Liz Kearney: Three cheers for you if you've carved out your own secular path - because the Church’s web is wide
AN old friend called me recently with a dilemma. He’d recently become a new dad, and his wife wanted to baptise their baby girl. She was planning a big family celebration, a lavish party with friends and family in attendance, and it all sounded lovely.
The only problem was that my friend is a staunch atheist. He doesn’t believe in God, and he certainly doesn’t have any truck with the Catholic Church.
So what should he do, he asked me? Refuse to take part? Or go along with it, and stand on the altar and say as little as possible?
He wanted my advice in particular because he knows I have my own reservations in this area, though I wouldn’t call myself an atheist. I’ve never felt certain about what’s going on cosmically, so I’ve hedged my bets somewhat. And as a very general set of moral principles, I reckon Catholicism provides as good an ethical framework as anything else for living your life. But to me it’s plain, as it is to many others, that there are many, many areas of the Church’s teachings which are hopelessly out of step with modern life.
However, given that many of our taxpayer-funded institutions, like schools and hospitals, are still owned by the Church, it can be tricky, if not downright impossible, to opt out entirely. The Church’s web is wide.
And three cheers for you, by the way, if you don’t know what I’m talking about – if you’re the staunch naysayer who resisted any of the traditional routes and carved out your own secular path, then seriously, well done.
It must have been bloody hard work and probably involved stepping on many toes and giving yourself a range of logistical headaches like having to drive 20 miles to the nearest Educate Together school and so on. That’s why I know only a handful of people who have been brave enough to opt for this approach. It’s awkward.
Many more of us are in full ‘Lanigan’s Ball’ mode: taking one step in, then one step out again. We want ‘in’ when we want to get married, have the kids christened and educated, and our loved ones buried. Then we want ‘out’ again when it comes to having to sign up to the Church’s moral code, because how many of us, hand on heart, actually believe that they’re spinning a sensible line on the burning issues of the day?
And so it comes to pass that we find ourselves on a damp Tuesday evening watching David Quinn talking about sex and consent on ‘Prime Time’ and wondering once again if it really is a good idea to entrust debate of this crucial topic to the Iona Institute, whose preferred version of sex as outlined by Mr Quinn is that it happens in a committed relationship. Which sounds fine, until you remember that, in Catholic teaching, such a relationship means marriage. And marriage is only for straight people.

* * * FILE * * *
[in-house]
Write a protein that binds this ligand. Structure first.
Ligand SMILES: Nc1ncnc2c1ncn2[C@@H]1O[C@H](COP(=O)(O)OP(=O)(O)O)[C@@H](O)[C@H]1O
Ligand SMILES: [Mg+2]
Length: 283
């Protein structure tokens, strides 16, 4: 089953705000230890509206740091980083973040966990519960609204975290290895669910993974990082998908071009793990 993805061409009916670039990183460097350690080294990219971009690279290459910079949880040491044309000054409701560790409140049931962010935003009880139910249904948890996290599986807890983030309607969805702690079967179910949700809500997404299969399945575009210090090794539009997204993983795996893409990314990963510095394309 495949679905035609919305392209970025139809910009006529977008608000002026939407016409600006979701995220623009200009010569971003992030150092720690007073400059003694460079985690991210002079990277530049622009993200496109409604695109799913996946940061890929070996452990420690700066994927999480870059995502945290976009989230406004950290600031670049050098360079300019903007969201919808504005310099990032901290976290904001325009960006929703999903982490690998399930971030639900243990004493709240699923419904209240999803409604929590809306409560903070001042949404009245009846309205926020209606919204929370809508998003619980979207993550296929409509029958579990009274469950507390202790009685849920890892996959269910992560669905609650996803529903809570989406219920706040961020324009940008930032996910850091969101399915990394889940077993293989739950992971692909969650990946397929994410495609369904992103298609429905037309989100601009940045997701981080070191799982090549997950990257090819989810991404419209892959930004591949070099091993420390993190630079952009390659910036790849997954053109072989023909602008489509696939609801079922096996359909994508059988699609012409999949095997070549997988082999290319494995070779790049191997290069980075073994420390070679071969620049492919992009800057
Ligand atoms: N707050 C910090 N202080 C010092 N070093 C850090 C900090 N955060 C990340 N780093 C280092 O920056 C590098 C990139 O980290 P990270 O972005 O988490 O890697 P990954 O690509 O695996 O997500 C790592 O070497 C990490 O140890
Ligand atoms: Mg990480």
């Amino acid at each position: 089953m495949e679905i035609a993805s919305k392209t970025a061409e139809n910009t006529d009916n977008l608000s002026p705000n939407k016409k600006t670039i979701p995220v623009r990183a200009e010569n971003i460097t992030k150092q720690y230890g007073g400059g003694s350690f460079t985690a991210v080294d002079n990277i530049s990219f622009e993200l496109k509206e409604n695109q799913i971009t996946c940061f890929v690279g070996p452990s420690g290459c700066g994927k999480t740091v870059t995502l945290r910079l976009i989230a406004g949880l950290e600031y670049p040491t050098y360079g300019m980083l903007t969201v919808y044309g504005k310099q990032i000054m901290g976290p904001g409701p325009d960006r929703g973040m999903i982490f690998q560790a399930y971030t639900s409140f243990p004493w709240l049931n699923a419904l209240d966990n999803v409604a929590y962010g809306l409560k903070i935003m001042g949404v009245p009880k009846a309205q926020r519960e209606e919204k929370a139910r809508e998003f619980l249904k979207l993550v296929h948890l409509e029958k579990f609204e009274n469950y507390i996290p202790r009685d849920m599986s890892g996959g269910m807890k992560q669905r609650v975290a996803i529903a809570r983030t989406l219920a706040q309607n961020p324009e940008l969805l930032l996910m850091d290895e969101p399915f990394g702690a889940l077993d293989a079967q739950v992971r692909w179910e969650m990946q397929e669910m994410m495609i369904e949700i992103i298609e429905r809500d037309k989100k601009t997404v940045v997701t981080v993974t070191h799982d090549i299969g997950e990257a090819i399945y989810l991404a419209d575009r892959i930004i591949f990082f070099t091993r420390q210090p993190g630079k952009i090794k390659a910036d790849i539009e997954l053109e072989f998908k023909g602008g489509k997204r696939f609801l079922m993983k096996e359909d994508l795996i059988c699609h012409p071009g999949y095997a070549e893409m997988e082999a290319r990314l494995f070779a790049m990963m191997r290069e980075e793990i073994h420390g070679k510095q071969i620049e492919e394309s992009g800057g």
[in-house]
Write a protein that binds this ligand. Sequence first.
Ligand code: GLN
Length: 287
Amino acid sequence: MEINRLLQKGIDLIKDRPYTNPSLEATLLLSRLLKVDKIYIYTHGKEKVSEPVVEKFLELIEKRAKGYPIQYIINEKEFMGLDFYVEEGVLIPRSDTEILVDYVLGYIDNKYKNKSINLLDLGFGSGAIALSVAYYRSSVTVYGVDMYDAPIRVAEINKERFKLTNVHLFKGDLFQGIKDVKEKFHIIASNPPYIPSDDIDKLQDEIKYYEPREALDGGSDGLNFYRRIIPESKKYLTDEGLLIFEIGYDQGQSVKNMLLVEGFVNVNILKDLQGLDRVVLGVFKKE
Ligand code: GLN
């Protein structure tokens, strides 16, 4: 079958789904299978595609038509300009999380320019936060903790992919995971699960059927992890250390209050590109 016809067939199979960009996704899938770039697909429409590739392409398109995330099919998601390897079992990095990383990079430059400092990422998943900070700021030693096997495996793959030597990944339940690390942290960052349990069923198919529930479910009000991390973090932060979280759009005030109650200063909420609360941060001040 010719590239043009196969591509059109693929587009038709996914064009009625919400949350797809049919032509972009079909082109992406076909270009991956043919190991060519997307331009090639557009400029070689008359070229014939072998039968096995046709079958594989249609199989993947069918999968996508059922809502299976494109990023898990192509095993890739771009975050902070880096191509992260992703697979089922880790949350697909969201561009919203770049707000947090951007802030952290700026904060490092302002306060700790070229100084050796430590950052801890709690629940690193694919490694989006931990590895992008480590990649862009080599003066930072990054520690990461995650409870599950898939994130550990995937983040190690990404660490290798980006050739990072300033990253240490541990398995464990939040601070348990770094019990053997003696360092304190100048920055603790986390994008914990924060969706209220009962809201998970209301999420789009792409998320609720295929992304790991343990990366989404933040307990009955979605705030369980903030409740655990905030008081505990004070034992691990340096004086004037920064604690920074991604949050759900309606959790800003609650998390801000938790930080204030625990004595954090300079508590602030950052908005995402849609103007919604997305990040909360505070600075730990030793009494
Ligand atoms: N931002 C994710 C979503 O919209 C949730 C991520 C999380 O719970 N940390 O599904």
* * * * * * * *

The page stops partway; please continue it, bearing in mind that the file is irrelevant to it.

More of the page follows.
Many of us find that objectionable but, even so, with that peculiar ambiguity we Irish are so good at, we’re launching a whole new generation of kids into a muddy landscape of being raised in a kind-of-but-not-very-Catholic ethos, while crossing our fingers and hoping for the best.
We’re done with the conservative stictures of the 1950s. But as we’ve been reminded in Belfast this past week, at the other end of the spectrum is a grotesquely oversexualised culture where derisory attitudes to women (“Any sluts get f***ed?”) pass as locker-room banter. Common decency, surely, would dictate that we can find a middle ground. The only question is, with one foot in and one foot out, who can locate it?
Have I got news for you two, too
Paul Merton and Ian Hislop, team captains on the long-running news quiz ‘Have I Got News For You?’, claim that the reason so few female politicians have hosted the show is not because they haven’t been asked. In fact, Merton said, women are far more likely to turn the job down. Hislop suggested that women were too modest to take on the role.
I wonder if it’s modesty, or simply that female politicians just aren’t ready to turn themselves into a punchline, at least not yet. Having not featured at all in public life for centuries, you’d be a brave woman to get elected and then decide to turn yourself into the class clown.
This feeds into the popular perception that women aren’t all that funny but, on the contrary, I think they’re just not ready to be that funny in public. Many of my female acquaintances are blessed with razor-sharp wit but keep it under wraps in the office. You can only play the joker when you’re very sure of your place at the table. That’s a while away yet.
Be careful what you wish for in the Park
Anyone who thinks Michael D Higgins has had a fair crack at the Áras and should let someone else have a go might take a moment to consider the latest names to enter the fray. Enter stage left Kevin Sharkey, a one-time TV presenter and now well-known painter. Despite being himself the son of an immigrant, Sharkey wants to start a national conversation about how many people are coming to Ireland and whether we can support them, which sounds like a nice inclusive approach to a presidential run.
If you’re not keen on Sharkey, well then enter stage right Bertie Ahern. With these candidates, ambassador, you really are spoiling us.